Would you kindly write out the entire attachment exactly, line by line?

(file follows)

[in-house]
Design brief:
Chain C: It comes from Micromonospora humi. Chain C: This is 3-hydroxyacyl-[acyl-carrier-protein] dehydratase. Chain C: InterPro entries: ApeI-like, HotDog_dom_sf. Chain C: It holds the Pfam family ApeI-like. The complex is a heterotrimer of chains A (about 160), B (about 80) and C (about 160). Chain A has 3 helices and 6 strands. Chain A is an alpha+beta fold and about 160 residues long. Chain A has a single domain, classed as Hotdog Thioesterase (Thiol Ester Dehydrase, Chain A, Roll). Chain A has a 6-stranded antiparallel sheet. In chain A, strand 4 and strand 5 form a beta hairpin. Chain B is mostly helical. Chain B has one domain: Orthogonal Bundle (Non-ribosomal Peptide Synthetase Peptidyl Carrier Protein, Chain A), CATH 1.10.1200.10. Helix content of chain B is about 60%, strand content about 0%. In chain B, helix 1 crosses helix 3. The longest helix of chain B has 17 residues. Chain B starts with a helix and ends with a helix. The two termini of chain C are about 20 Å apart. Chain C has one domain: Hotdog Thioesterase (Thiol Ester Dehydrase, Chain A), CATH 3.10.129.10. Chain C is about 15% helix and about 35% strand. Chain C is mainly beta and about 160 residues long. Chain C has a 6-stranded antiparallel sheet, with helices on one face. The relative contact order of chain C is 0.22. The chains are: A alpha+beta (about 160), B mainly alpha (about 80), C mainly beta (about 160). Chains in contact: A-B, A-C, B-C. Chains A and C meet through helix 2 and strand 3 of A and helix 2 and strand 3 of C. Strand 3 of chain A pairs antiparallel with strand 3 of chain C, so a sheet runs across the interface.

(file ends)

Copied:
[in-house]
Design brief:
Chain C: It comes from Micromonospora humi. Chain C: This is 3-hydroxyacyl-[acyl-carrier-protein] dehydratase. Chain C: InterPro entries: ApeI-like, HotDog_dom_sf. Chain C: It holds the Pfam family ApeI-like. The complex is a heterotrimer of chains A (about 160), B (about 80) and C (about 160). Chain A has 3 helices and 6 strands. Chain A is an alpha+beta fold and about 160 residues long. Chain A has a single domain, classed as Hotdog Thioesterase (Thiol Ester Dehydrase, Chain A, Roll). Chain A has a 6-stranded antiparallel sheet. In chain A, strand 4 and strand 5 form a beta hairpin. Chain B is mostly helical. Chain B has one domain: Orthogonal Bundle (Non-ribosomal Peptide Synthetase Peptidyl Carrier Protein, Chain A), CATH 1.10.1200.10. Helix content of chain B is about 60%, strand content about 0%. In chain B, helix 1 crosses helix 3. The longest helix of chain B has 17 residues. Chain B starts with a helix and ends with a helix. The two termini of chain C are about 20 Å apart. Chain C has one domain: Hotdog Thioesterase (Thiol Ester Dehydrase, Chain A), CATH 3.10.129.10. Chain C is about 15% helix and about 35% strand. Chain C is mainly beta and about 160 residues long. Chain C has a 6-stranded antiparallel sheet, with helices on one face. The relative contact order of chain C is 0.22. The chains are: A alpha+beta (about 160), B mainly alpha (about 80), C mainly beta (about 160). Chains in contact: A-B, A-C, B-C. Chains A and C meet through helix 2 and strand 3 of A and helix 2 and strand 3 of C. Strand 3 of chain A pairs antiparallel with strand 3 of chain C, so a sheet runs across the interface.